‘You’re a Good Man, Charlie Brown’ • Presented by the University High School StageBlazers, “You’re a Good Man, Charlie Brown” is a musical that tells the story of an average day in the life of famous


April 23, 2013

NIGHT & DAY Pinheads – 13825 Britton Park Rd., Fishers – www. Friday – Karaoke with Ray Rangel Saturday – Charlie’s Pocket Casler’s Kitchen & Bar – 11501 Pavilion Dr., Fishers – Friday – Toy Factory Saturday – Tastes Like Chicken Hopwood Cellars Winery – 12 E. Cedar St., Zionsville – Friday – Less is More Cobblestone Grill – 160 S. Main St., Zionsville – Friday – Tim Wright Saturday – Mark LaPointe Loft Restaurant at Trader’s Point Creamery 9101 Moore Rd., Zionsville - Friday - Paul Holdman Duo Cheeseburger in Paradise Bar & Grill – 9770 Crosspoint Blvd., Fishers – Friday – Jeff Day Saturday – The Brave Sullivan’s Steakhouse – 3316 E. 86th St., Indianapolis – Tuesday – The Jetton Barnes Duo Wednesday – The Blair Clark Trio Thursday and Saturday – Versatility Mo’s Irish Pub – 13193 Levinson Lane, Suite 100, Noblesville – Wednesday – P3 Productions Karaoke Thursday – BRYAN Friday – Stella Luna Saturday – Skeeter McGee Moon Dog Tavern – 4825 E. 96th St., Indianapolis –


Current in Fishers


Artists announced for open house By Dan Domsic •

About 70 artists, six of them from Hamilton County, will open their Exhibition studios to visitors during the two-day, 20th annual Raymond James Stutz Artists Open House Friday and Saturday. Fishers residents Bruce Moore and Sally Moore will participate in the event, which is designed to give patrons the chance to see artwork in the setting where it’s created. The married duo shares a 900-square-foot studio (B-345) at the Stutz. They met when Sally was directing her own gallery on Massachusetts Avenue in Indianapolis, and Bruce inquired about whether she wanted to see his work. Bruce uses water colors or water media and creates his works on a 100-percent polypropylene material called Yupo. Sally is a trained jeweler who uses sterling and 14 ct. gold precious metals, as well as exotic stones, for her designs. She said some of the hand-picked gems never before shown will go on display at the show,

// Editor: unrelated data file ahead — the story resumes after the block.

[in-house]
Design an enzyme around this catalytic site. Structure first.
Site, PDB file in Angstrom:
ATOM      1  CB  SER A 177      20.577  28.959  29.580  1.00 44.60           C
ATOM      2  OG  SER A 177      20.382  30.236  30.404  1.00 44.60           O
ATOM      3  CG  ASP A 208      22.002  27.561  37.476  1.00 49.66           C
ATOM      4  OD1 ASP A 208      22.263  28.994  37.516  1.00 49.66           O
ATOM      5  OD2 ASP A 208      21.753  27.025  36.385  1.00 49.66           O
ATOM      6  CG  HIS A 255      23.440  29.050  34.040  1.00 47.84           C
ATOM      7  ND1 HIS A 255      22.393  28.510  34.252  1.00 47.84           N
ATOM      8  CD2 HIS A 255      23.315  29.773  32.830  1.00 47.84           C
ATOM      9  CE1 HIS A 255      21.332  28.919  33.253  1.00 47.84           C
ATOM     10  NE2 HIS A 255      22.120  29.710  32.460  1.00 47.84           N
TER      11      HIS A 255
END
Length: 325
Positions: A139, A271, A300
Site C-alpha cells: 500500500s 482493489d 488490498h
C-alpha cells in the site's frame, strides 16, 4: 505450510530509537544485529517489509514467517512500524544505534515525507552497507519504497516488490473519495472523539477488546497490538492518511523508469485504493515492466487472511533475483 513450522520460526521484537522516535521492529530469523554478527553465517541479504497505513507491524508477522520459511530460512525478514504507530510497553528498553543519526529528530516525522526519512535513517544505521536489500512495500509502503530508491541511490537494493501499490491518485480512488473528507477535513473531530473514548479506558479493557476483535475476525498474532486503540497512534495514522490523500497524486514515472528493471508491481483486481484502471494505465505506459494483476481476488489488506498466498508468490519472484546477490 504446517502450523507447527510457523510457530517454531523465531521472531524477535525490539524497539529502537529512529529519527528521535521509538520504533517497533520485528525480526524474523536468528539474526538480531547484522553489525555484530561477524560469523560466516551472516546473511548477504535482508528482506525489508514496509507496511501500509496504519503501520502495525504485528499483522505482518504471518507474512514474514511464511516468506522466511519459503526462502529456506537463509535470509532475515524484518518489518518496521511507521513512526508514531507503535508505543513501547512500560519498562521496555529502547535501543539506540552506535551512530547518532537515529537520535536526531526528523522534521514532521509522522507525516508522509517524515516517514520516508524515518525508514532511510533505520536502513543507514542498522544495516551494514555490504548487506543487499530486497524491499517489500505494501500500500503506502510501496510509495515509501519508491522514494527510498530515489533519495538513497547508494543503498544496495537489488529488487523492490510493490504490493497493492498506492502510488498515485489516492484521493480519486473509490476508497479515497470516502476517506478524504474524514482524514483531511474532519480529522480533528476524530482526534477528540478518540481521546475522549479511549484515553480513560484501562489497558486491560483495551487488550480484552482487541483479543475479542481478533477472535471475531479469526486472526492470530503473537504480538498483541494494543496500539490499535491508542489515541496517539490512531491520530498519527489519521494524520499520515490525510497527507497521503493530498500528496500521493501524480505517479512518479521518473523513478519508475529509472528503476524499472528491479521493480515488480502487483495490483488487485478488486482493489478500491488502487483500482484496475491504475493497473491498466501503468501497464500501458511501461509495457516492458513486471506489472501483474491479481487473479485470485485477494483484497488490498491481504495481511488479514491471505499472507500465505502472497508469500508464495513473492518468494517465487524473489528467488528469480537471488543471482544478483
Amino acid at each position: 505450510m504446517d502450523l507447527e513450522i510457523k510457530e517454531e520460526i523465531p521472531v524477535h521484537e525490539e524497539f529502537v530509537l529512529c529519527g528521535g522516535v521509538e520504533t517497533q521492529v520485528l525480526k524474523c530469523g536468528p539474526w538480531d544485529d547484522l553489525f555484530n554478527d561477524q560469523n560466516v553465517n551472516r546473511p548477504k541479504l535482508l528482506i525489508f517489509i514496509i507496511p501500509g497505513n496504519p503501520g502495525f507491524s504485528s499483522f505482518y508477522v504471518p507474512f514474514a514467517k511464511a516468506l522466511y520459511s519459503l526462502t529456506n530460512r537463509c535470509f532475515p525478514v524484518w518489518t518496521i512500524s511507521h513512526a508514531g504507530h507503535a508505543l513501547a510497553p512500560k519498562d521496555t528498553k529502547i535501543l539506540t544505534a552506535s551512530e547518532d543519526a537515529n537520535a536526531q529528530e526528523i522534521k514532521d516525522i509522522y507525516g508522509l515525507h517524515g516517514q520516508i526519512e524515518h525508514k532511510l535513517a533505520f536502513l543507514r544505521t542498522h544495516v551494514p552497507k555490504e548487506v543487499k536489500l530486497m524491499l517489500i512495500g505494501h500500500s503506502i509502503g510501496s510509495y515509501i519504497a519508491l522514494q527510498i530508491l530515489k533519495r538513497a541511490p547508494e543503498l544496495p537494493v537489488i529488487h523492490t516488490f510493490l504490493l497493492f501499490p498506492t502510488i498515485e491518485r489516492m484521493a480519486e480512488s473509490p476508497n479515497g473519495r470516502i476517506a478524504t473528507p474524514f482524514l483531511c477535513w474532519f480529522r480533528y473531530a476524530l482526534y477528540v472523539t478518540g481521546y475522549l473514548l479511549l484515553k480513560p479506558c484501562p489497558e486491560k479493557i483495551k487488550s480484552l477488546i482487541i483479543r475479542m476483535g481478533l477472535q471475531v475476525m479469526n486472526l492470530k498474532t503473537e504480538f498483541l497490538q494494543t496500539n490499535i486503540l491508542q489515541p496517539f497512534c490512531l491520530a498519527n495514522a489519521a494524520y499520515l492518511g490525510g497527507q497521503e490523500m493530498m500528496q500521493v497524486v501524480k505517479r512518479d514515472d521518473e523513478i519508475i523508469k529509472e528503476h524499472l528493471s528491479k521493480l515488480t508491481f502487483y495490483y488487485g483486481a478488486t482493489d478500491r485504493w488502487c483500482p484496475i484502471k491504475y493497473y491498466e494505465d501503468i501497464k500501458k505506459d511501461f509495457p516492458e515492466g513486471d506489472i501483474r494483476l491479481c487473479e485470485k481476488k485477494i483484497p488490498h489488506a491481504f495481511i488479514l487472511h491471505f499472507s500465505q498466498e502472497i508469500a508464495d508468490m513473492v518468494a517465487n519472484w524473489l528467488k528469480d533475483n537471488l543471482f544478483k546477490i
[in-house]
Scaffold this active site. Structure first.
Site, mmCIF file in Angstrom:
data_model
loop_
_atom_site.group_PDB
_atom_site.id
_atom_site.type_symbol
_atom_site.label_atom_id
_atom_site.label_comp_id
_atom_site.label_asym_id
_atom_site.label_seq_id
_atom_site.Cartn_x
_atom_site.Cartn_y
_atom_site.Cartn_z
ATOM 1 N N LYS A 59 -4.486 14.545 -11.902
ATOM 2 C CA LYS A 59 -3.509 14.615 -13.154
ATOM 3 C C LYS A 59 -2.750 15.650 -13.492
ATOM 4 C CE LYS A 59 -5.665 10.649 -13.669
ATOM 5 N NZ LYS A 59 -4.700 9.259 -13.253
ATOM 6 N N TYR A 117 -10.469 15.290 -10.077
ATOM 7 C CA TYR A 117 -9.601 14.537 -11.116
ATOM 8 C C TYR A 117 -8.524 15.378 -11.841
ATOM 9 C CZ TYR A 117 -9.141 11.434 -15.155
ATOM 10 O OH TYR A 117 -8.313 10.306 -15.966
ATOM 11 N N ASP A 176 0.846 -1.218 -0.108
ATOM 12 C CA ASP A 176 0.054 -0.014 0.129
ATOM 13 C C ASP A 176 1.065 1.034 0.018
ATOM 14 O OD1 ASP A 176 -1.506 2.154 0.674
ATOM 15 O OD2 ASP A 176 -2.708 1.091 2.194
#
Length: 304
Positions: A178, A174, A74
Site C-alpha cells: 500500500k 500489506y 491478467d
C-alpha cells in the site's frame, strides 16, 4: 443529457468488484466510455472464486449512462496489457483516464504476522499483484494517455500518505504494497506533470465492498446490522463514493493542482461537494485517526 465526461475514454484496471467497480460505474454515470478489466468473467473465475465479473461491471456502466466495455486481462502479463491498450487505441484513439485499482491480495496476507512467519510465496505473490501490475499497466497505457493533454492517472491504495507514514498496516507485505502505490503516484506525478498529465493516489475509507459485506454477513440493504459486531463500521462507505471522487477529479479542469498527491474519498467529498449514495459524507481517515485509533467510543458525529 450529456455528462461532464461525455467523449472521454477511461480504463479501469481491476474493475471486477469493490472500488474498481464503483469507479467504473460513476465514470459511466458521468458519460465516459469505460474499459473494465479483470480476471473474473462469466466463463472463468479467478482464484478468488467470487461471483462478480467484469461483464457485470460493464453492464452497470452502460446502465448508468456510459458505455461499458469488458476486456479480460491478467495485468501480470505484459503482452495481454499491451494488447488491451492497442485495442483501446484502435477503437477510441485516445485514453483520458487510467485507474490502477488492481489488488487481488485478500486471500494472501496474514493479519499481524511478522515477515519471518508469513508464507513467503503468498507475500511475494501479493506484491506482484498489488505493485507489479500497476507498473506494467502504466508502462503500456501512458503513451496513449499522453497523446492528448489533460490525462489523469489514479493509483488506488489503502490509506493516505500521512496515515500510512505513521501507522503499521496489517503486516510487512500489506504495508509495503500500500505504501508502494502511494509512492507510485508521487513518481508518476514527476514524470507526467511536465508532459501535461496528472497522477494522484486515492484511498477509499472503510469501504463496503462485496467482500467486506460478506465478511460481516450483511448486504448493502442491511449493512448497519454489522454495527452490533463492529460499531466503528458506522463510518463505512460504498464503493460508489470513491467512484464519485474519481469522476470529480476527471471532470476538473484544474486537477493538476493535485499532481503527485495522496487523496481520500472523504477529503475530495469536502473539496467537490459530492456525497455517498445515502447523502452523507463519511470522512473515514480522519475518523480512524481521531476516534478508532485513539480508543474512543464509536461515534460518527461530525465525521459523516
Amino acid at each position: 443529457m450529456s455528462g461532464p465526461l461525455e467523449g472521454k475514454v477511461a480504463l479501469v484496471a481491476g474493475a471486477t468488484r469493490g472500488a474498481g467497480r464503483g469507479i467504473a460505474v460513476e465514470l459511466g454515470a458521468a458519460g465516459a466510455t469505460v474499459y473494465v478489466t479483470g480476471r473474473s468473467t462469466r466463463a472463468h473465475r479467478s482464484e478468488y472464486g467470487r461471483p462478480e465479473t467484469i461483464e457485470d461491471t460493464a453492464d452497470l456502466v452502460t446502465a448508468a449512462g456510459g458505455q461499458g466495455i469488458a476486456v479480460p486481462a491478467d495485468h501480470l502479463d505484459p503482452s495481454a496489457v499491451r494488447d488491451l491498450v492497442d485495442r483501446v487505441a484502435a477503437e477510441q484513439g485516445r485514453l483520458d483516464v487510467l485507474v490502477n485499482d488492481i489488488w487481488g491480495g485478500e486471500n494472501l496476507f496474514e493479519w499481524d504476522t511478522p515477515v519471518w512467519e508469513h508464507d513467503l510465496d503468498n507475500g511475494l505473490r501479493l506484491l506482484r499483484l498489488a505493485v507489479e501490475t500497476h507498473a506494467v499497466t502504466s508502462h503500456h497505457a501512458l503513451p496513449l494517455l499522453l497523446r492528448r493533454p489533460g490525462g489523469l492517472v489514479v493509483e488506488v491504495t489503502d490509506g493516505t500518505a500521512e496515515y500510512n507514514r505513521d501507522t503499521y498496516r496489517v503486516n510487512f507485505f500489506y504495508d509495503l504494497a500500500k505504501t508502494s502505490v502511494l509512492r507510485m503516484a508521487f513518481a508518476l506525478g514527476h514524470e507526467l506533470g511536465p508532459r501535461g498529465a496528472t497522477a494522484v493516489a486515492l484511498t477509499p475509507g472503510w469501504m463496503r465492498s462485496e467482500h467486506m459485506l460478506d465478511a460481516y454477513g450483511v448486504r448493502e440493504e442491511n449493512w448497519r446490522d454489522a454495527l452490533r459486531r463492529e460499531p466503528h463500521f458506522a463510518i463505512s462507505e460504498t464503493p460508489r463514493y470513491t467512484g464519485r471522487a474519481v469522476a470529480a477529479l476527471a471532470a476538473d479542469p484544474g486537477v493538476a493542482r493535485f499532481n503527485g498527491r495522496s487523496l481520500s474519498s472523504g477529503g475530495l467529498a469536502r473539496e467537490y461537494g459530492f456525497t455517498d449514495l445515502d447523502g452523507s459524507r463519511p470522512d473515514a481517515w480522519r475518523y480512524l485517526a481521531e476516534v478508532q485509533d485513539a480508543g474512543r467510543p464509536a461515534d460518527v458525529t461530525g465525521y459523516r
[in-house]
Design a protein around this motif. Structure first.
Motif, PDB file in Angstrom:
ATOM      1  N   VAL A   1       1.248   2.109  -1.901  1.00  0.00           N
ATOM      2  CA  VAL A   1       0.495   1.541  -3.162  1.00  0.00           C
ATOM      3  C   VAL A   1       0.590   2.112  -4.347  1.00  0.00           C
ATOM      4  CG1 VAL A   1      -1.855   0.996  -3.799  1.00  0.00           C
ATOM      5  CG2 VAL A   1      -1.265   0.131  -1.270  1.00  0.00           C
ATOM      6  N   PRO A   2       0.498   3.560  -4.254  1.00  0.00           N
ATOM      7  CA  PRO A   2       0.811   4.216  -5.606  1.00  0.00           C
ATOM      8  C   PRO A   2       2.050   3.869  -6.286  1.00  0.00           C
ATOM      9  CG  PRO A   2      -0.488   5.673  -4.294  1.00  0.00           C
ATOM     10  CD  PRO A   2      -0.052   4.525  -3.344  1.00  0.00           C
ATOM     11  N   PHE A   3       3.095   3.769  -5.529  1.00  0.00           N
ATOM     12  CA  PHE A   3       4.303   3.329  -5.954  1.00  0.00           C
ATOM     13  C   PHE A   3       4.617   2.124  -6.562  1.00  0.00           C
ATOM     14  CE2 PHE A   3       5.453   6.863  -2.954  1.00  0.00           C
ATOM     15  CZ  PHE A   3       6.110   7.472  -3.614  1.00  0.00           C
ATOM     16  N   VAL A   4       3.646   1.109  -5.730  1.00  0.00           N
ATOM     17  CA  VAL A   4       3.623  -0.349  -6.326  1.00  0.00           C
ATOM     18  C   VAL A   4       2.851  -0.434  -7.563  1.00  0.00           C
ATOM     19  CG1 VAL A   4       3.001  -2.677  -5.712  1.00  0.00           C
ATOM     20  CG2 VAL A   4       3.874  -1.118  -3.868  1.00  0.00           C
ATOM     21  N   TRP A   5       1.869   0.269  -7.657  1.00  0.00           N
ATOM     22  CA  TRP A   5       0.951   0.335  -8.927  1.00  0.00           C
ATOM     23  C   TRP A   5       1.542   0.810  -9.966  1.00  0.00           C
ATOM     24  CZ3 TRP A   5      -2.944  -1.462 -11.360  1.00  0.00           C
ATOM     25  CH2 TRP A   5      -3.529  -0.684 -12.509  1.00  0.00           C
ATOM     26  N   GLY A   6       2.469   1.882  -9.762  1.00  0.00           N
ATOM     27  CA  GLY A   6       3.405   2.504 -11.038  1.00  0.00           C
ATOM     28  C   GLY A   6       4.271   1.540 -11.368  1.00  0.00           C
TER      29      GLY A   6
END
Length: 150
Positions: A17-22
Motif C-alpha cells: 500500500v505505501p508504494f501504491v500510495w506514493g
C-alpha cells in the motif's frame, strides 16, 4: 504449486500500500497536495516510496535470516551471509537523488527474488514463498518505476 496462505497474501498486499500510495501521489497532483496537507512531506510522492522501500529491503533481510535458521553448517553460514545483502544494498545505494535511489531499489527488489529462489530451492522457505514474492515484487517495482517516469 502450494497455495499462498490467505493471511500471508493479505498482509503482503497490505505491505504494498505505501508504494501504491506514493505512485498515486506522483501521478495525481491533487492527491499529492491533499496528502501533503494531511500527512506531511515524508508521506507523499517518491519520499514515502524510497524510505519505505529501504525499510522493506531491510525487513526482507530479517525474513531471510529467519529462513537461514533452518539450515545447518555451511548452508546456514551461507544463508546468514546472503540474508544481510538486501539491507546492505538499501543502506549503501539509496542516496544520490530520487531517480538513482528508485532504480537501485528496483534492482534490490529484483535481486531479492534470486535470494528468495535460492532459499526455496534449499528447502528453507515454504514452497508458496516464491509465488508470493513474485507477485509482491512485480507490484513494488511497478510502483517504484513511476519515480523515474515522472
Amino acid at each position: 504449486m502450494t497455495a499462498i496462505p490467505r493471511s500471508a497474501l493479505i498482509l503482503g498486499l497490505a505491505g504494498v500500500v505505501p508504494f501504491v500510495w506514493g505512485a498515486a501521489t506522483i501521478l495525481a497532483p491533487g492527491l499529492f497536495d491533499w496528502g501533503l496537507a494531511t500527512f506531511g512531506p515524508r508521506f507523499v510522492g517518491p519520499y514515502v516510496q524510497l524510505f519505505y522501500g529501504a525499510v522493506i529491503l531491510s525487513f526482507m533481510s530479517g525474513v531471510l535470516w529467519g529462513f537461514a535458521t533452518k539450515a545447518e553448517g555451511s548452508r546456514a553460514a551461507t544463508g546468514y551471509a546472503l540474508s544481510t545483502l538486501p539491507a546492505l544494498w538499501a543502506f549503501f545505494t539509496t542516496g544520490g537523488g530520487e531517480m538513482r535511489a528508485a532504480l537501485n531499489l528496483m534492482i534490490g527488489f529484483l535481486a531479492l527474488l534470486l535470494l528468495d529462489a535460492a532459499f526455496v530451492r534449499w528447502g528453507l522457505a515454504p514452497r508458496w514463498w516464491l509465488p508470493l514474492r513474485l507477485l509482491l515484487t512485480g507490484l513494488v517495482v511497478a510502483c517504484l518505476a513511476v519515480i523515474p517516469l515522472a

Thursday – Woomblies Friday – Zanna Doo Saturday – Good Seed Three Ds’ Pub and Café – 13644 N. Meridian St., Carmel –

and Bruce will have two abstract series on display at the open house. Another of Bruce’s works went on display at the Indianapolis Museum of Art on Sunday. “The open house has become one of the city’s rites of spring,” said Tom Potter, a photographer and co-chair of the 2013 open house. “This year, there’s an even more diverse mix of studios and art to see than ever.” Other Hamilton County artists displaying at the open house are Wendy Franklin and Laura LaForge, both of Carmel, Katie Clayton of Noblesville and Mallory Marty, also of Fishers. Artwork ranges from paintings, drawings and photography, to sculpture, jewelry and furniture. The event also offers a rare chance to see vintage cars on display in the historic Stutz car factory. The event is from 5:30 to 10:30 p.m. Friday and 2 to 7 p.m. Saturday at 212 W. 10th St., Indianapolis. Advance tickets can be purchased for $10 at Old National Bank branches and the Stutz Business Office, or for $14 at Eventbrite or $15 at the gate. Children 12 and under are free. For more information, visit or call 503-6420.

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April 23, 2013


Current in Fishers




Mitchell’s Fish Market

$29.95 A $90 value!

Adults for Keyboard Class for adults who have always wanted to play an instrument!

The Scoop: Ambience is the order of the day at Mitchell’s Fish Market. An atmosphere of elegance combines with a menu of world-class seafood offerings. At Mitchell’s you will find an extensive array of seafood dishes. Appetizers, salads, soups and entrees are featured in a variety of preparations. Mitchell’s also has a sushi bar for those who enjoy something different. A full cocktail bar completes this unique dining experience. Type of food: Fish, shrimp, steak Price of entrees: $16.95-$34.90 Specialties: Seafood Food Recommendation: Cedar Plank Salmon Drink Recommendation: Chardonnay Reservations: Recommended Dress: Casual Hours: 11:30 a.m. to 10 p.m. Monday through Thursday, 11:30 a.m. to 11 p.m. Friday through Saturday, 11:30 a.m. to 9 p.m. Sunday. Phone: 848-3474 Address: 14311 Clay Terrace Blvd., Carmel Website:

WHERE I DINE George Brown, manager, Drake’s Where do you like to dine? Seasons 52 What do you like to eat there? I usually have the filet mignon. What do you like about Seasons 52? I really like the concept, and I love the rotating menu! Seasons 52 is at 8650 Keystone Crossing, Indianapolis. They can be contacted at 846-5252 or

BEHIND BARS The Bloody o Bartender: Heidie Hernly at Casler’s Kitchen & Bar, 11501 Pavilion Dr., Fishers Ingredients and directions: Shake one shot of Kettle One Orange Vodka, 1/2 shot Solerno Blood Orange Liqueur and 1/4 cup orange juice in an ice-filled glass shaker. Pour into chilled martini glass with sugared rim. Pour a splash of grenadine in the glass, and garnish it with an orange slice.

“Indy’s Oldest Heating & Cooling Co.” 130th Anniversary Sale

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Must present at time of service. Cannot be combined with any other offer or discount. Mon-Fri 8am-5pm. Thiele 639-1111. Expires 5/23/13.